Product News and Recalls

Documents show J&J knew hip implant had high failure rate

Legal documents released in Johnson & Johnson’s trial regarding all-metal hip implants reveal that the company was aware of problems with the devices in 2008 – two years before recalling them, the Wall Street Journal reports.

For example, the company was in possession of clinical data showing “extreme” levels of metal ions in patients who received the devices, compared to patients who received a product from a rival company. The all-metal implants are prone to shedding toxic metal debris in patients’ bodies.

The Journal says the devices are known as the articular surface replacement, or ASR, system. Johnson & Johnson subsidiary DePuy Orthopaedics manufactured them.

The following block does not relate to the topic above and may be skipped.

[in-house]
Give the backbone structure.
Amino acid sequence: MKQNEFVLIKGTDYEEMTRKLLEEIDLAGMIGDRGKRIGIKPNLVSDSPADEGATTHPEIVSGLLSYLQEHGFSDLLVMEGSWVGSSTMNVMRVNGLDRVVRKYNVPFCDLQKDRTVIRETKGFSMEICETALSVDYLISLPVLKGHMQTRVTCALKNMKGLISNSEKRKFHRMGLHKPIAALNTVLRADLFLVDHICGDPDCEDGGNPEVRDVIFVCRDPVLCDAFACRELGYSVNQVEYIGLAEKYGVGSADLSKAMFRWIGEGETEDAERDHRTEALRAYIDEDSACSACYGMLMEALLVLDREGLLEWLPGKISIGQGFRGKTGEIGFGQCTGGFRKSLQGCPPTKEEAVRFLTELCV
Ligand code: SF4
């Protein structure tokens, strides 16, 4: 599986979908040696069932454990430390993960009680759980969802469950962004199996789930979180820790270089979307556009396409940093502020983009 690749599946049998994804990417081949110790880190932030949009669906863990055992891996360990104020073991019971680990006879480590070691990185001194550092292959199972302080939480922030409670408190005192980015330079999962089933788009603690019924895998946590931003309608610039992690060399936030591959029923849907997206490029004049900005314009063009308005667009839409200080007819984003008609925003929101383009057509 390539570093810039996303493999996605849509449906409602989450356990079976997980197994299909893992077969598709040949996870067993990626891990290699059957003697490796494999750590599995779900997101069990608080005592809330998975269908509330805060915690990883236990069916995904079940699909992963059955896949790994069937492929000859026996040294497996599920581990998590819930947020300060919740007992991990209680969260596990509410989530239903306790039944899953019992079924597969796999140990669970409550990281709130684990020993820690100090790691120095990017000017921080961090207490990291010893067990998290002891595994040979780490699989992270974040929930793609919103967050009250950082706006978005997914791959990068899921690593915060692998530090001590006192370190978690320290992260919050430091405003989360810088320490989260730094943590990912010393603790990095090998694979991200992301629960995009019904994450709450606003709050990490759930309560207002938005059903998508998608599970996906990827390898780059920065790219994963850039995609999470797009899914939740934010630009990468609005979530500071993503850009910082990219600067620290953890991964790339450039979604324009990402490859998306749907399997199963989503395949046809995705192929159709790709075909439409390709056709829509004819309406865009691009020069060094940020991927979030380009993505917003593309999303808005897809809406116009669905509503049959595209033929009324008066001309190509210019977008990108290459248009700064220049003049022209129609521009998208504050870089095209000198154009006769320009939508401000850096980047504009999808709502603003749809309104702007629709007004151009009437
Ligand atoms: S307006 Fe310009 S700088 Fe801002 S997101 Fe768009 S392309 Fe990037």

A trial beginning in California Superior Court in Los Angeles County will be the first of approximately 10,000 lawsuits based on allegations that the devices were inherently faulty, obliging patients to undergo costly and painful surgery.

Another unsealed document from 2011 indicates that Johnson & Johnson’s own estimates put the devices’ failure rate within five years at nearly 40 percent. Under generally accepted standards, the Journal reports, the failure rate within that span of time should be no more than 5 percent.

The ASR devices, also called metal-on-metal implants, include both a ball and a socket coated with a mixture of cobalt and chromium. Ironically, they were initially marketed as a more durable alternative to traditional models that incorporate plastic and ceramic.

Analysts expect the company’s legal liability to eventually exceed $1 billion, according to the Journal.

You should consult with a doctor if you have any ongoing symptoms or health concerns from a DePuy hip implant. If you have significant injuries, you should also consult with a DePuy hip lawyer to discuss your legal rights.

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